UNDERSTANDING AND PREVENTING SERIOUS AGGRESSION Multiple Levels of Risk
An ecological developmental framework identifies biopsychosocial risk factors that have been empirically linked to serious aggression and related problems (Dodge & Pettit, 2003; see Fraser & Galinsky, 2004, for a more general but similar framework for risk and resilience in childhood). The framework draws on social learning, information-processing, social disorganization, and other theories to postulate processes through which risk factors are thought to influence the onset and course of problems. According to the framework, certain biological and environmental factors predispose some infants to an increased likelihood of early aggressive behavior. Across childhood and adolescence, individual, family, school, peer, neighborhood, and sociocultural risk factors interact, resulting in risk processes that launch some children onto a developmental trajectory characterized by increased and, ultimately, chronic use of aggressive behavior. Reliance on aggression to solve social problems has adverse consequences on others and on a child's own subsequent behavior and development. Serious aggression, school failure, delinquency, mental health disorders, and other problems in adolescence and beyond are likely results. Results of longitudinal and preventive studies provide strong empirical support for the framework (see Dodge & Pettit for a summary of many of these results).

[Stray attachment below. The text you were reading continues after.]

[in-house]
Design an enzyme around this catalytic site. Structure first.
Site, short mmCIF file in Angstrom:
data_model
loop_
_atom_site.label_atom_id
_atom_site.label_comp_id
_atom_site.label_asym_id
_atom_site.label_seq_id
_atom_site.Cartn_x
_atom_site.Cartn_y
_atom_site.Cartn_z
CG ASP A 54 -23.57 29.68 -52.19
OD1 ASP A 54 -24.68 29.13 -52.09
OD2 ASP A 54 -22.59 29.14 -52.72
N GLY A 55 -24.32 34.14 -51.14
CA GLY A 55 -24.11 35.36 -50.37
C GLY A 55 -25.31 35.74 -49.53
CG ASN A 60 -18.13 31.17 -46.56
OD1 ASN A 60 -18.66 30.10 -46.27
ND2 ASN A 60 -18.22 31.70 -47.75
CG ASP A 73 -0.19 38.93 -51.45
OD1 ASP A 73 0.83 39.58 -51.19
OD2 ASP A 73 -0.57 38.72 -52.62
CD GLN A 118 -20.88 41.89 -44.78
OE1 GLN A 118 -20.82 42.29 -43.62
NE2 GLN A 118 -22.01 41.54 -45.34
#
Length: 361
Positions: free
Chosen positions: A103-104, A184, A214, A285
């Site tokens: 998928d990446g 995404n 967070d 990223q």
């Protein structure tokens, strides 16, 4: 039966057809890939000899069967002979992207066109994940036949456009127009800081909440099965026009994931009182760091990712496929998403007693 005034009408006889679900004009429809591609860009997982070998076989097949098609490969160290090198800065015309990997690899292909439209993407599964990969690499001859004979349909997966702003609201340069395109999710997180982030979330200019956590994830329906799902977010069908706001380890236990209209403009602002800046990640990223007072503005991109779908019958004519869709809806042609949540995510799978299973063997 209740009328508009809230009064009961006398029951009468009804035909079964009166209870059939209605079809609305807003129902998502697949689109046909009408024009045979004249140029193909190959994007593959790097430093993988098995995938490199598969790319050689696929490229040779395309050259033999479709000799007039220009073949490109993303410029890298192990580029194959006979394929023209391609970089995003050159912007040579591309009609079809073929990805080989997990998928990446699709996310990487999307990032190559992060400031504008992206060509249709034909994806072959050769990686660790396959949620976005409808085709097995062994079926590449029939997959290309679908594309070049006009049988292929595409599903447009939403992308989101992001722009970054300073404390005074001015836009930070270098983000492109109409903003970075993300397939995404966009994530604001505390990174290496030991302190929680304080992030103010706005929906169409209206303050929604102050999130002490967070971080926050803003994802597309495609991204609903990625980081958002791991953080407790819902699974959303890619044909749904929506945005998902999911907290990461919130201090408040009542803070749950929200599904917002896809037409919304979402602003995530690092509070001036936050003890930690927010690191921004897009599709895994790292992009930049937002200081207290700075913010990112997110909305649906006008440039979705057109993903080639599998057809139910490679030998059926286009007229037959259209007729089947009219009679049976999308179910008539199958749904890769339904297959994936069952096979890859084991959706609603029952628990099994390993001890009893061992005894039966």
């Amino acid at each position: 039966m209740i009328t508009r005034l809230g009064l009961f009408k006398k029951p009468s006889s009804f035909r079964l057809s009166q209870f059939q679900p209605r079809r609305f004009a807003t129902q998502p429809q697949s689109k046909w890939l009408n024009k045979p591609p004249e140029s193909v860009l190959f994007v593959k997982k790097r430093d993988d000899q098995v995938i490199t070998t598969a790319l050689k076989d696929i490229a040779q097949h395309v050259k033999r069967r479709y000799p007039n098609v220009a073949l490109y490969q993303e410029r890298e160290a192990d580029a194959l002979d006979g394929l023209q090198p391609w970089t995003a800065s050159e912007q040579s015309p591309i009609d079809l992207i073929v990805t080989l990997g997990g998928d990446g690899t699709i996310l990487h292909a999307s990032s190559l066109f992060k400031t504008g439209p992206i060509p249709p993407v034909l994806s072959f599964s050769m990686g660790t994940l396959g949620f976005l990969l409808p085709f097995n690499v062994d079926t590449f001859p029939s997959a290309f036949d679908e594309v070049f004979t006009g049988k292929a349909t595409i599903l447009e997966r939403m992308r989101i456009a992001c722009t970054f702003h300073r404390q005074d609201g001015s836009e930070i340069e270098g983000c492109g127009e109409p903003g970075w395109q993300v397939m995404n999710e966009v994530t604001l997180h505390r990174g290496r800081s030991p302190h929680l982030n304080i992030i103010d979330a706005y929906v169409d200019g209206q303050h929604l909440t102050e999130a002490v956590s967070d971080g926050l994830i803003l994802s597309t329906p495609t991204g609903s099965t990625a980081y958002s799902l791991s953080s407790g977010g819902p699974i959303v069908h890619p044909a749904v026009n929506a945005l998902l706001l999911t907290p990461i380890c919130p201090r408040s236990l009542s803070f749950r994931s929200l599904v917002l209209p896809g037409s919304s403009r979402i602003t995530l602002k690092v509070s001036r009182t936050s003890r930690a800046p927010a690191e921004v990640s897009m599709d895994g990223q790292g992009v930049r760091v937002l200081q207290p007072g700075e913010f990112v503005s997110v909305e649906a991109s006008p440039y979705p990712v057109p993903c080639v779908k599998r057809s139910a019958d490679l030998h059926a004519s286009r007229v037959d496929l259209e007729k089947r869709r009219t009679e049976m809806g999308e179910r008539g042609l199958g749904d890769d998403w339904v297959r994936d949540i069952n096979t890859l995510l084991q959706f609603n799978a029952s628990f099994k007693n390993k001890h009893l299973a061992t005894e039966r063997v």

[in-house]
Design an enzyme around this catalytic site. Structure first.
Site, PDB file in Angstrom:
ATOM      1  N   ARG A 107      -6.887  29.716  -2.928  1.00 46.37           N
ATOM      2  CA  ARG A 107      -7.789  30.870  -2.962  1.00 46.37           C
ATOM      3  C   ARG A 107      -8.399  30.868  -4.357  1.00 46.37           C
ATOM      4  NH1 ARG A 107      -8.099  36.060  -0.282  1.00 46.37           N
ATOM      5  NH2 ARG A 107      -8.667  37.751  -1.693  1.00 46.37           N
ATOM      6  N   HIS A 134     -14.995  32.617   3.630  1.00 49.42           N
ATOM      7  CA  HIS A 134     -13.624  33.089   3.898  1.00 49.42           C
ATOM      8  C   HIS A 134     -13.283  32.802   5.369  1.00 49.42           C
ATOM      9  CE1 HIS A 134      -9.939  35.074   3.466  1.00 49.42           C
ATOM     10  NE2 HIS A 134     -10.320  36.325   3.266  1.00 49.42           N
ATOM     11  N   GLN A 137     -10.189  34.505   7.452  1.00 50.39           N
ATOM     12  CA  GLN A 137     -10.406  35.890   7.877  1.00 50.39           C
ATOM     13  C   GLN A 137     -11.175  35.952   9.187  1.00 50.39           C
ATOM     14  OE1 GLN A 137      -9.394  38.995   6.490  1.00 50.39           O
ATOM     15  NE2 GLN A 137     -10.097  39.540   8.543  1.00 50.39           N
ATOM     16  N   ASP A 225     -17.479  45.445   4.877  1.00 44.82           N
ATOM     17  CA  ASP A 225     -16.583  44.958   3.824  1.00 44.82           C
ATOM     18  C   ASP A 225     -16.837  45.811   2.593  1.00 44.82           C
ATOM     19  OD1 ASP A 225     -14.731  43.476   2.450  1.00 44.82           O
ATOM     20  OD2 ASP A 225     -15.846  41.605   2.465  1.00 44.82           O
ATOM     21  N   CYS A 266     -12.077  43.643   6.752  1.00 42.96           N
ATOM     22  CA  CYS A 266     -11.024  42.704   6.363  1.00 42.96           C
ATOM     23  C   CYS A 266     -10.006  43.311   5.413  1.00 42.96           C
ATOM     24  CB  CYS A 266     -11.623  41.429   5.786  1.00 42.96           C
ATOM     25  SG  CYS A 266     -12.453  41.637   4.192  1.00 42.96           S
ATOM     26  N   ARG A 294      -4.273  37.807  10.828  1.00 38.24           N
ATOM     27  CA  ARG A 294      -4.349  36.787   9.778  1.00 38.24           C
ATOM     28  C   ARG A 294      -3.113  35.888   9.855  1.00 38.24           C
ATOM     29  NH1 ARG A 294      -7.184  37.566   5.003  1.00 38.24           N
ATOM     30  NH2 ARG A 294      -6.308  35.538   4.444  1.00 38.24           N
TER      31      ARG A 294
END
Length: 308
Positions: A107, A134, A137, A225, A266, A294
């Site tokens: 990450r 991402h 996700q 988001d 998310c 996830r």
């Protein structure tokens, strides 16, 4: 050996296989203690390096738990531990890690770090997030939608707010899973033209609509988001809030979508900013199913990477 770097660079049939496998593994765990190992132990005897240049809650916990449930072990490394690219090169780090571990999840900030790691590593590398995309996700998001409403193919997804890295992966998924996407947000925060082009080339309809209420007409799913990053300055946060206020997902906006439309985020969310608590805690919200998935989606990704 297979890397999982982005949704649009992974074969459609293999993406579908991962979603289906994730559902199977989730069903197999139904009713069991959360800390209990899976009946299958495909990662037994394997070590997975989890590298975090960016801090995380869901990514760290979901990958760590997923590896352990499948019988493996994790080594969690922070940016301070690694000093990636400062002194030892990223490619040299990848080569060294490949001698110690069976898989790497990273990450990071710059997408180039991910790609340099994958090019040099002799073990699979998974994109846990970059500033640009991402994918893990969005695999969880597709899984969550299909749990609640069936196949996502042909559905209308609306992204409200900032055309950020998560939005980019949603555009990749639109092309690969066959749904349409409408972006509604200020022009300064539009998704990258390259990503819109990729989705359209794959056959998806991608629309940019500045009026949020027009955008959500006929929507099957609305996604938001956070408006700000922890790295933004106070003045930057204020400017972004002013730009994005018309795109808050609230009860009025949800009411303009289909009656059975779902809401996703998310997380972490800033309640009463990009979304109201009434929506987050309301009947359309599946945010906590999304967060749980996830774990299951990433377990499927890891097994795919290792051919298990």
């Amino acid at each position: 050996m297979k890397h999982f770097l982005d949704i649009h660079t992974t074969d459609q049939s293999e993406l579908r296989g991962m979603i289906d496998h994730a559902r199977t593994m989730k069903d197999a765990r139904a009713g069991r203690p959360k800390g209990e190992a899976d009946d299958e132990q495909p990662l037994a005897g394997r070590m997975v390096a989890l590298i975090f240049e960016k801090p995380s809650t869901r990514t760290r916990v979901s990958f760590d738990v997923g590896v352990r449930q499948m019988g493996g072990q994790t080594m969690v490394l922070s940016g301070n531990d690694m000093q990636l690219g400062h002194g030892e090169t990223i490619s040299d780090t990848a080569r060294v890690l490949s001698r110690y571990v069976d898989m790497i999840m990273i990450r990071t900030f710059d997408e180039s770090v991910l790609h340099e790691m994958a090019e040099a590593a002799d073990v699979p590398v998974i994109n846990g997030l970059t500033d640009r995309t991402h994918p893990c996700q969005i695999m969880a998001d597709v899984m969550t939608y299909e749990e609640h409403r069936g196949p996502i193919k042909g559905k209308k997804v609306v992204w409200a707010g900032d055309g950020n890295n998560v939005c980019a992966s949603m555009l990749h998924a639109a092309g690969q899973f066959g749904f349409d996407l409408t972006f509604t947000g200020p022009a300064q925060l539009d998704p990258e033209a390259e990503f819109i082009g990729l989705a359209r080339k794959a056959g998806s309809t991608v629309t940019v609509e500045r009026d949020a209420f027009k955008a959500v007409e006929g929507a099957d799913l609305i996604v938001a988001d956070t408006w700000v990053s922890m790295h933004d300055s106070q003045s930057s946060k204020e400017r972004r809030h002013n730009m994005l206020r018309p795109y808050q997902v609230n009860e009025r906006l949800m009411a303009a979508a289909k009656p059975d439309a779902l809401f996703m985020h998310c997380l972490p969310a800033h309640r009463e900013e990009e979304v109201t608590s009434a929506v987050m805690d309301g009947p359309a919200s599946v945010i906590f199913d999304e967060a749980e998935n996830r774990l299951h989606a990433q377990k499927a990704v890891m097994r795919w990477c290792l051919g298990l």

Social-Cognitive Mediators of Risk
According to an ecological developmental framework, individual-level social--cognitive structures and processes function as key risk factors that mediate the effects of more distal risk factors on the onset and course of problems (Dodge & Pettit, 2003). Huesmann (1998) proposed a model wherein human behavior, including aggression, is largely determined at the situational level by individual social information-processing mechanisms. These mechanisms include attending to and interpreting environmental cues, accessing and evaluating cognitive scripts that are stored in memory and that guide behavior, and enacting and assessing the impact of a response. Biological factors and temperament provide a foundation for an individual's processing, but environmental factors such as exposure to harsh parenting and community violence also influence how processing occurs (Huesmann).